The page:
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This Happened

This Happened—November 9: The Cold War Begins To Crumble

The beginning of the collapse of the Berlin Wall, which allowed East Germans to cross into the West, marked a new epoch in world history.

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Amid revolutions that led to the collapse of the Soviet-led communist bloc, the tearing down the wall on Nov. 9, 1989, is considered the symbolic end of the Cold War, culminating in the dissolution of the USSR in 1991.

Why was the Berlin Wall built?

Constructed by the communist German Democratic Republic (GDR), in 1961, the wall was designed to stop its citizens from passing from East German to the West. For decades, the Berlin wall divided the city, which had been partitioned after World War II, both physically and ideologically.

What did the Berlin Wall symbolize?

One of the most infamous symbols of the Cold War, the wall separated families and prevented East Germans from leaving, dampening the dreams of those who fell on the wrong side. Those who wanted to cross were met with guard towers with machine guns ready to shoot them if they tried to cross the “death strip”, laid with beds of nails and other booby traps. An estimated 140 people are believed to have died trying to cross into West Germany.

Why was the Berlin Wall taken down?

After 28 years of forced separation, people had become increasingly discontent living behind the wall and tensions were at their peak. After a broadcast was made by a GDR politician stating that border crossings would be allowed, people rushed to the border stops. After crowding the walls, ordinary people called “wallpeckers” descended upon the wall and began to break it down with various tools, marking the beginning of the fall of the Berlin Wall.

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The Colonial Spirit And "Soft Racism" Of White Savior Syndrome

Tracing back to Christian colonialism, which was supposed to somehow "civilize" and save the souls of native people, White Savior Syndrome lives on in modern times: from Mother Teresa to Princess Diana and the current First Lady of Colombia, VerĂłnica Alcocer.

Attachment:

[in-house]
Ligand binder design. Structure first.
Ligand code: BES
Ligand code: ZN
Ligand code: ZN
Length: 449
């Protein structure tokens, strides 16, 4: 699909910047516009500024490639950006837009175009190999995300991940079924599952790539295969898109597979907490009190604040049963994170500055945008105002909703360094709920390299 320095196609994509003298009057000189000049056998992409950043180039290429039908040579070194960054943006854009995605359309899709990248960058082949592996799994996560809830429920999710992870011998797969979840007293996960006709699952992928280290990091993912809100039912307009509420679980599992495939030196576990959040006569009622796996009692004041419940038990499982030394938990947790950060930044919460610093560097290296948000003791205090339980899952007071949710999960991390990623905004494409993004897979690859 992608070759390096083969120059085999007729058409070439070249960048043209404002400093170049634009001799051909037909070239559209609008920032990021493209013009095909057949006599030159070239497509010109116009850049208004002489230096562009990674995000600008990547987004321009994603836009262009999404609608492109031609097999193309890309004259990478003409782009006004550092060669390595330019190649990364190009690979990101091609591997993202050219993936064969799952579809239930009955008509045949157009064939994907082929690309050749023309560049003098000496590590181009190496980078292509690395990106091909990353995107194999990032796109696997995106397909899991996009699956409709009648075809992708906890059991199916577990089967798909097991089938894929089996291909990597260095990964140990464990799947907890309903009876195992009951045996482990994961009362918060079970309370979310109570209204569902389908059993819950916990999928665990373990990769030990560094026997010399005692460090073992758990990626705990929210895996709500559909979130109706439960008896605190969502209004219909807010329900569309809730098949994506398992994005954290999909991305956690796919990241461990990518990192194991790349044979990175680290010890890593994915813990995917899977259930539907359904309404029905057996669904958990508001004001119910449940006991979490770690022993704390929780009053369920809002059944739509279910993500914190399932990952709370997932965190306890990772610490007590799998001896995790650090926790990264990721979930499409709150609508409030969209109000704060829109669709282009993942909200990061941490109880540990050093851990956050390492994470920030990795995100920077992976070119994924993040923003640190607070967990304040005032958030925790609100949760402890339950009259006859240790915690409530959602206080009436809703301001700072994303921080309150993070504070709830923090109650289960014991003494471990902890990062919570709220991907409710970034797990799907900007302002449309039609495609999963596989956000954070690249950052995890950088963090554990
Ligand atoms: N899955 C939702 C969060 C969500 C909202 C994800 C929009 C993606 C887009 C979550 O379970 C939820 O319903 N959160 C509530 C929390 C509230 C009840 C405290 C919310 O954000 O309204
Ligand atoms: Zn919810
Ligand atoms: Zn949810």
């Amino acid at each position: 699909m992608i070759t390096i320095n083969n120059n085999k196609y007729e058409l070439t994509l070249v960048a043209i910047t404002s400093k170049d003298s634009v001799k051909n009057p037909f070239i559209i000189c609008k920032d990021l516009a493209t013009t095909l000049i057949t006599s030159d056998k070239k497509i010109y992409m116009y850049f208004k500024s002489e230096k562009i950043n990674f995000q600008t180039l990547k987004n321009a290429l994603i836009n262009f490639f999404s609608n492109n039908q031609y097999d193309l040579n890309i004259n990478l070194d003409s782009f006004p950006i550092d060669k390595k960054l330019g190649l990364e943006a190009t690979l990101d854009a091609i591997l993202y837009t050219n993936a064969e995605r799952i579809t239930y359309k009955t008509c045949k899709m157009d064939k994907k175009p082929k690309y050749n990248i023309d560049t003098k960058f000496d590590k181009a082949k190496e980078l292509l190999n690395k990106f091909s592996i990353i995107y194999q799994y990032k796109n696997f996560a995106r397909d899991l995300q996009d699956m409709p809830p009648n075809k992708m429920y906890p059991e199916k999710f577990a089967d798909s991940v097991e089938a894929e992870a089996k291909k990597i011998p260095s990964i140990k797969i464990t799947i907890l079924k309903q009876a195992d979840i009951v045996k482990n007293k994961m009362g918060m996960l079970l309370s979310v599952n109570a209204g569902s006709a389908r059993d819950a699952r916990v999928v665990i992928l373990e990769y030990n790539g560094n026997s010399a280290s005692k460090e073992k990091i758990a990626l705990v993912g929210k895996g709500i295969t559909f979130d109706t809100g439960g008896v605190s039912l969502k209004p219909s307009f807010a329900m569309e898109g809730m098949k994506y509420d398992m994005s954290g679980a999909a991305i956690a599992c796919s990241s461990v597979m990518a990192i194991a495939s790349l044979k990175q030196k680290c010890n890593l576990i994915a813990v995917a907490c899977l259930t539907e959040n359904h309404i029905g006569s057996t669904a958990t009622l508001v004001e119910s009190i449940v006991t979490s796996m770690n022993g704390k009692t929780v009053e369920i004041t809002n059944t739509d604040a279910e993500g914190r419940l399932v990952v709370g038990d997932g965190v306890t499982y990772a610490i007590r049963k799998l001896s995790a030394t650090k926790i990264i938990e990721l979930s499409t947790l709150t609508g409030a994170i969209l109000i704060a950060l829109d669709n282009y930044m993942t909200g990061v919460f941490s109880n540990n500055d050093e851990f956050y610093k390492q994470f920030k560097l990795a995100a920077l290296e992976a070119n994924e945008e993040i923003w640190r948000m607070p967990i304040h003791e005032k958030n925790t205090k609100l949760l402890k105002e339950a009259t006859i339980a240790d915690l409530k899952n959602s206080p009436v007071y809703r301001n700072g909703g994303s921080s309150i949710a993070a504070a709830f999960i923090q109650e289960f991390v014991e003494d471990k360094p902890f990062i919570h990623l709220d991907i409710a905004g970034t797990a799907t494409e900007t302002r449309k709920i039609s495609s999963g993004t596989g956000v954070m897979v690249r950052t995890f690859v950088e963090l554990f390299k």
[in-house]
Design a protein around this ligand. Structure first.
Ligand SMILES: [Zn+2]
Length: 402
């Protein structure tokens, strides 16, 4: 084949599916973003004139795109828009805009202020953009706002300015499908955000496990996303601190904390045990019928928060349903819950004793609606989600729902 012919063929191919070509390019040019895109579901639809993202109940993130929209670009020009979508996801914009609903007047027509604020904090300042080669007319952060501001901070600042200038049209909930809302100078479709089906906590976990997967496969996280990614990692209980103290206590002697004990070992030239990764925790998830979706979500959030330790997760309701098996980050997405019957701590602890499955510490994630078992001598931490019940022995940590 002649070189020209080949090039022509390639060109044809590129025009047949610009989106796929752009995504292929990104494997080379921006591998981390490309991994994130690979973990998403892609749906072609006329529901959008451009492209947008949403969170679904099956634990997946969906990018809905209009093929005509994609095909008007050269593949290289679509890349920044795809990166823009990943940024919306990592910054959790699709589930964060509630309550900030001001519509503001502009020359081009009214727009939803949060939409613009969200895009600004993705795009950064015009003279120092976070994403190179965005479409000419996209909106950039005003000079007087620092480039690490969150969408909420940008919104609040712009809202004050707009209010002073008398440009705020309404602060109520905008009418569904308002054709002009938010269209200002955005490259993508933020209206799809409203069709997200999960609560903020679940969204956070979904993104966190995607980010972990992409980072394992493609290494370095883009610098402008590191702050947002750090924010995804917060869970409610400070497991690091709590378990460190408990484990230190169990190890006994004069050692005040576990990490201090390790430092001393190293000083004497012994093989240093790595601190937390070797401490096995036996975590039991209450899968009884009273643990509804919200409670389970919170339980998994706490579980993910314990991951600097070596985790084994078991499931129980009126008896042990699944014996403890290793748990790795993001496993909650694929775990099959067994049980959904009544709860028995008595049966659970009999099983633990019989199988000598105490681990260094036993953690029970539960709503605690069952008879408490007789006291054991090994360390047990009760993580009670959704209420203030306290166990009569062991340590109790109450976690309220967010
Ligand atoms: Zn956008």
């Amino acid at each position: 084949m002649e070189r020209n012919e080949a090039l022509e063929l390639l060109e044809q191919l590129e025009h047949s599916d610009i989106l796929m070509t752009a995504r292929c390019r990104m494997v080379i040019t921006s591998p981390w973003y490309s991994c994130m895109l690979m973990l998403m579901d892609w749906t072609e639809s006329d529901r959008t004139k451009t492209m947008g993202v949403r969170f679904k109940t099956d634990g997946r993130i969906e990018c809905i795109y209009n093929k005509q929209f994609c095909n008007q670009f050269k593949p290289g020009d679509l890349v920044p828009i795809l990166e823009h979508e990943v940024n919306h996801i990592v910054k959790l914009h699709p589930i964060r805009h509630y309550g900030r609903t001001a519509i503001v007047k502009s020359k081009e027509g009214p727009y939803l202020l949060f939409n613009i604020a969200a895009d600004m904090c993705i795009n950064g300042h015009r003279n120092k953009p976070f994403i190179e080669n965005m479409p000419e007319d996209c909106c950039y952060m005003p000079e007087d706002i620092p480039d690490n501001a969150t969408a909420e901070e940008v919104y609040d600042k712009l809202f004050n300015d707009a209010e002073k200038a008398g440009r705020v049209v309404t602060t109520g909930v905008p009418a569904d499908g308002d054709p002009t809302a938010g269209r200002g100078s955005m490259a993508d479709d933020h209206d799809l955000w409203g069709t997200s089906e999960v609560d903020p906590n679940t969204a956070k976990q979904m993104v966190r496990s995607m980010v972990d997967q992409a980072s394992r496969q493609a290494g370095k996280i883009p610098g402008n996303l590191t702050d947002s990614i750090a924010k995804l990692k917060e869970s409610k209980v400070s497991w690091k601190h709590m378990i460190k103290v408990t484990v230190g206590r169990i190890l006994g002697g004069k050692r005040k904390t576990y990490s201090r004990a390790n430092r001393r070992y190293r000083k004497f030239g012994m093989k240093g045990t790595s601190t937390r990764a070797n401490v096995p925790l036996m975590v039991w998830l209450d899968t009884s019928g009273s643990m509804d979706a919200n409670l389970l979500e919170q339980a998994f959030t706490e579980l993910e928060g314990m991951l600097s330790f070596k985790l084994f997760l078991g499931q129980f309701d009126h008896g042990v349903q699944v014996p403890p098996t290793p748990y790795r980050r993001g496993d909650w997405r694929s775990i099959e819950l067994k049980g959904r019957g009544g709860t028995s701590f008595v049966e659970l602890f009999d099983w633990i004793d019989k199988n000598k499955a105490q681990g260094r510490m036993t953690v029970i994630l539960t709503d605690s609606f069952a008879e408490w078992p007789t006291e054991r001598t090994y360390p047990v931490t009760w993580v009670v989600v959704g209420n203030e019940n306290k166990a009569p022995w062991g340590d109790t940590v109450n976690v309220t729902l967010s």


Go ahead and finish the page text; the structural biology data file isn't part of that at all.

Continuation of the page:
photo of a child patient holding hand of an adult

Good intentions are part of the formula

Ton Koene / Vwpics/ZUMA
Sher Herrera


CARTAGENA — The White Savior Syndrome is a social practice that exploits or economically, politically, symbolically takes advantage of individuals or communities they've racialized, perceiving them as in need of being saved and thus forever indebted and grateful to the white savior.

Although this racist phenomenon has gained more visibility and sparked public debate with the rise of social media, it is actually as old as European colonization itself. It's important to remember that one of Europe's main justifications for subjugating, pillaging and enslaving African and American territories was to bring "civilization and save their souls" through "missions."

Even today, many white supremacists hold onto these ideas. In other words, they believe that we still owe them something.

This white savior phenomenon is a legacy of Christian colonialism, and among its notable figures, we can highlight Saint Peter Claver, known as "the slave of the slaves," Bartolomé de Las Casas, Mother Teresa of Calcutta, Princess Diana herself, and even the First Lady of Colombia, Verónica Alcocer.

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